Voyageurs National Park is a beautiful, wild park where you can travel the historic water trails used by Native Americans and fur trappers. It’s also a place where you can hear wolves howl, see bald eagles soar, and catch walleye with your kids. In the Midwest, where so many of our natural landscapes have been plowed under or chopped down to feed and house the rest of the nation, this is a precious thing.

Voyageurs National Park is 218,000 acres, much of it interconnected waterways. It only has about 10 miles of roads and 60 miles of land trails. That means in order to fully experience its serene beauty and superb wildlife, you need to get into a boat.

That works fine for those who own personal boats, especially those who live nearby. But imagine the average American family on vacation, traveling to their national Park, pulling up to the visitor center in their car and being told they need a boat. While they could rent a motorboat from a local business, they would either have to navigate the Park’s waters themselves or hire a guide to drive the boat for them. Renting sea kayaks is also an option for those who have the skills needed to paddle large waters dotted with 500 granite and pine islands.

All of this means that the average American family needs help to enjoy their national park. Over the years, Voyageurs National Park has had trouble getting that help to them because (a) it’s in “flyover country” and (b) it’s 40% water, which means it has management needs that are difficult for many decision makers to understand unless they’ve spent significant time there themselves—which is unlikely, given (a).

The tour boat that’s being discussed is indeed being financed through the Alternative Transportation in Parks and Public Lands progam, which helps protect natural resources by getting visitors into public transportation and out of private vehicles. It was the highest funding priority for the Midwest region of the National Park Service (for this program) in at least one recent year, but only now has received funding.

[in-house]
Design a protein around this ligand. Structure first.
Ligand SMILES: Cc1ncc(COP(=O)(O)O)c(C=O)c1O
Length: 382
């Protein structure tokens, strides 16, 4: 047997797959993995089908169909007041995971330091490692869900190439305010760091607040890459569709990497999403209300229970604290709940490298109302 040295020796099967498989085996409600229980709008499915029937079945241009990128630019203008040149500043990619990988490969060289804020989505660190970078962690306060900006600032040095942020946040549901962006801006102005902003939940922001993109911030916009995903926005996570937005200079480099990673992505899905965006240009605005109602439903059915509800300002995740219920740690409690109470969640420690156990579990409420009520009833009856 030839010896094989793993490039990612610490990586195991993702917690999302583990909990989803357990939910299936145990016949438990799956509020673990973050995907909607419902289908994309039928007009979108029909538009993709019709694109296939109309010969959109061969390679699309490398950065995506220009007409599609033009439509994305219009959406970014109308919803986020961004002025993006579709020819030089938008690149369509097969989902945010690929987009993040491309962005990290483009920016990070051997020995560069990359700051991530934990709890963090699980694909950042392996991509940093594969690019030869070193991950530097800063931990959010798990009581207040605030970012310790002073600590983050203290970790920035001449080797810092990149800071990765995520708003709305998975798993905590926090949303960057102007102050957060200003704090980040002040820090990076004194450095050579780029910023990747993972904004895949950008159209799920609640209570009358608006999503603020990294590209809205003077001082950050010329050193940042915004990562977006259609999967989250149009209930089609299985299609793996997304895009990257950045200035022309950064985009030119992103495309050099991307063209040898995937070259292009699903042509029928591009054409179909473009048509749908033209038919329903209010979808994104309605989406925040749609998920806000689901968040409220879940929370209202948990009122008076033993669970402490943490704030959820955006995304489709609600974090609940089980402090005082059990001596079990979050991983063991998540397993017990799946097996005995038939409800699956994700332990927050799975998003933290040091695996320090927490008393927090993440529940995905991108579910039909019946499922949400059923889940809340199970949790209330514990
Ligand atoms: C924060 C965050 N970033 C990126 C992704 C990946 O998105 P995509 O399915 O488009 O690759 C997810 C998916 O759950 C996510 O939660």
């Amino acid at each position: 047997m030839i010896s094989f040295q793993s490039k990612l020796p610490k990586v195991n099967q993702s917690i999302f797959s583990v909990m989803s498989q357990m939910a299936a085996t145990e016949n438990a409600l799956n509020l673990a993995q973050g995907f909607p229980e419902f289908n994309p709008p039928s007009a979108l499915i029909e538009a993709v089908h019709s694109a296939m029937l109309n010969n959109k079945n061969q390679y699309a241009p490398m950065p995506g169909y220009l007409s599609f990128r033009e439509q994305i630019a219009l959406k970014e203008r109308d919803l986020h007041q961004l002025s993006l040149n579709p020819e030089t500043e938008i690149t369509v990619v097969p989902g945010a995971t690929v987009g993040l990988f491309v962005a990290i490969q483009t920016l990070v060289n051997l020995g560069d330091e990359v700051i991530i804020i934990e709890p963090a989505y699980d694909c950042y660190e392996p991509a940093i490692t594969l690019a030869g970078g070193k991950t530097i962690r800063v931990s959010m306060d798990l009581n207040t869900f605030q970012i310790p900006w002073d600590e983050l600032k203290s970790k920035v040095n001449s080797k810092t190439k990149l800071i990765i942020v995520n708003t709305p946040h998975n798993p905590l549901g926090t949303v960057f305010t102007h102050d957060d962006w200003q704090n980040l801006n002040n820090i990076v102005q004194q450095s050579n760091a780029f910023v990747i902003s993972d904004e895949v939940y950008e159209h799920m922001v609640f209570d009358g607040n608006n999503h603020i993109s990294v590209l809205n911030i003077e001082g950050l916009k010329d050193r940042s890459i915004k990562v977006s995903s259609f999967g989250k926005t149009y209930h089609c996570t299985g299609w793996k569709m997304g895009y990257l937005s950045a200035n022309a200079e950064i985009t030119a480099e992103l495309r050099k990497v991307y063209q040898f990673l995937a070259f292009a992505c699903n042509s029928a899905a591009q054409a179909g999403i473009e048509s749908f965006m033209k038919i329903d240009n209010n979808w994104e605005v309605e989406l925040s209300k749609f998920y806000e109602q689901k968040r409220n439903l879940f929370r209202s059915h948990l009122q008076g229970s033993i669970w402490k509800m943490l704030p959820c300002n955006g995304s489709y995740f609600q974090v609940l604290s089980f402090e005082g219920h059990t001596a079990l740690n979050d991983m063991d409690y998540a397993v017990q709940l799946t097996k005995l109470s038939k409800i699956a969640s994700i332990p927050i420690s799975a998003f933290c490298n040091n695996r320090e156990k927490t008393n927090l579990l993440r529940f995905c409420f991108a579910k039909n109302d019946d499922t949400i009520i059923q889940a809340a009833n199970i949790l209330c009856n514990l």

The tour boat will serve a function similar to bus and shuttle service in Yosemite or Glacier National Park. It will provide public access via public transportation to a large, wild national park, in a region of the country whose people have few of them.

Two private concessionaires operated good-sized tour boats in Voyageurs National Park in the past, but one closed and the other relocated to another area. The high season is very short, making it difficult to turn a profit.

For those of us who love Voyageurs National Park, it’s painful to see so much criticism of this greatly needed and much sought-after project. Two questions: Should the public only have good access to their national parks if they can provide their own private vehicles or a private concessionaire is in operation? Should public transportation be provided only in the best-known, most glamorous national parks?

Kurt and Kelly have great points and information, it helps fill in some of the gaps in the story. I said "detest" in an earlier post about the local attitude towards Voyageurs. The reason being that VNP is still a rather new park, and locals have a very long memory. Many people in this neck of the woods are skeptical of the government in general, and the Feds especially. The staff at Voyageurs has done a lot to change this attitude, but it is persistent. It's not uncommon to hear griping about how the NPS took "their" fishing lake, and how "all them tourists" are ruining it for the locals. Like I said, long memories....

The difference between funding campground and boat ramps vs. paleontological positions is that the former are capital expenses and the latter are operating expenses. I would expect that funding for capital and operating comes out of two different pots of money for the Park Service, and so aren't really in competition with each other.

Meanwhile, more information on the Alternative Transportation in Parks & Public Lands Program can be found here:

The Voyageurs project isn't listed in the second link, so I'm thinking that the second link represents last year's list of projects and that the full list of this year's projects has not yet been listed.

This all reminds me of one of the basic, paradoxical, axioms of economics, i.e. the world is full of limited resources.